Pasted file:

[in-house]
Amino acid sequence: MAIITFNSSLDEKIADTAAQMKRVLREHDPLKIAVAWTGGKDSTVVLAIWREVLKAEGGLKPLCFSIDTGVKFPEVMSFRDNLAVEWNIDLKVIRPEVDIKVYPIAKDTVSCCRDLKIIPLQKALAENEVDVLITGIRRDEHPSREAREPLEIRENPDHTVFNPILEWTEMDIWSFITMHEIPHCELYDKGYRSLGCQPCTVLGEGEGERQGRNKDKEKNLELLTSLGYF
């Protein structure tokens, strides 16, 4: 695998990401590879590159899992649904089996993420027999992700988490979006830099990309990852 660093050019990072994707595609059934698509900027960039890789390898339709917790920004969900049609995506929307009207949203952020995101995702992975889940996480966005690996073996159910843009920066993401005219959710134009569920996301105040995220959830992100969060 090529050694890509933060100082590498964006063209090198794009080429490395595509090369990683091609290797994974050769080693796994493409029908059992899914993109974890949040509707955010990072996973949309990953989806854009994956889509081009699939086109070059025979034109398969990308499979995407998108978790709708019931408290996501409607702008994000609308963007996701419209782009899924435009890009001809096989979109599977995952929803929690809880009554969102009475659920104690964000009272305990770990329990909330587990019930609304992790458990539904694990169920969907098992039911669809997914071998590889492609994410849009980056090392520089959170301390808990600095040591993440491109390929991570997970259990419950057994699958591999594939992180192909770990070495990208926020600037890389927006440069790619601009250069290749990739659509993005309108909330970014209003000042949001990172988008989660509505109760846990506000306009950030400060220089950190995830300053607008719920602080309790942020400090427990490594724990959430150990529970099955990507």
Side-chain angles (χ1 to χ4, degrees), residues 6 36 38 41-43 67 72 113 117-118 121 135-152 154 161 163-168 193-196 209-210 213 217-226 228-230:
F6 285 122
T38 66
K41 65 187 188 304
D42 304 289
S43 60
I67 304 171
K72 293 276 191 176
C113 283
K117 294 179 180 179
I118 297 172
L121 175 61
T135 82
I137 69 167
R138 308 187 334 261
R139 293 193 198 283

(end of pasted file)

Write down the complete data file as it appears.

[in-house]
Amino acid sequence: MAIITFNSSLDEKIADTAAQMKRVLREHDPLKIAVAWTGGKDSTVVLAIWREVLKAEGGLKPLCFSIDTGVKFPEVMSFRDNLAVEWNIDLKVIRPEVDIKVYPIAKDTVSCCRDLKIIPLQKALAENEVDVLITGIRRDEHPSREAREPLEIRENPDHTVFNPILEWTEMDIWSFITMHEIPHCELYDKGYRSLGCQPCTVLGEGEGERQGRNKDKEKNLELLTSLGYF
């Protein structure tokens, strides 16, 4: 695998990401590879590159899992649904089996993420027999992700988490979006830099990309990852 660093050019990072994707595609059934698509900027960039890789390898339709917790920004969900049609995506929307009207949203952020995101995702992975889940996480966005690996073996159910843009920066993401005219959710134009569920996301105040995220959830992100969060 090529050694890509933060100082590498964006063209090198794009080429490395595509090369990683091609290797994974050769080693796994493409029908059992899914993109974890949040509707955010990072996973949309990953989806854009994956889509081009699939086109070059025979034109398969990308499979995407998108978790709708019931408290996501409607702008994000609308963007996701419209782009899924435009890009001809096989979109599977995952929803929690809880009554969102009475659920104690964000009272305990770990329990909330587990019930609304992790458990539904694990169920969907098992039911669809997914071998590889492609994410849009980056090392520089959170301390808990600095040591993440491109390929991570997970259990419950057994699958591999594939992180192909770990070495990208926020600037890389927006440069790619601009250069290749990739659509993005309108909330970014209003000042949001990172988008989660509505109760846990506000306009950030400060220089950190995830300053607008719920602080309790942020400090427990490594724990959430150990529970099955990507």
Side-chain angles (χ1 to χ4, degrees), residues 6 36 38 41-43 67 72 113 117-118 121 135-152 154 161 163-168 193-196 209-210 213 217-226 228-230:
F6 285 122
T38 66
K41 65 187 188 304
D42 304 289
S43 60
I67 304 171
K72 293 276 191 176
C113 283
K117 294 179 180 179
I118 297 172
L121 175 61
T135 82
I137 69 167
R138 308 187 334 261
R139 293 193 198 283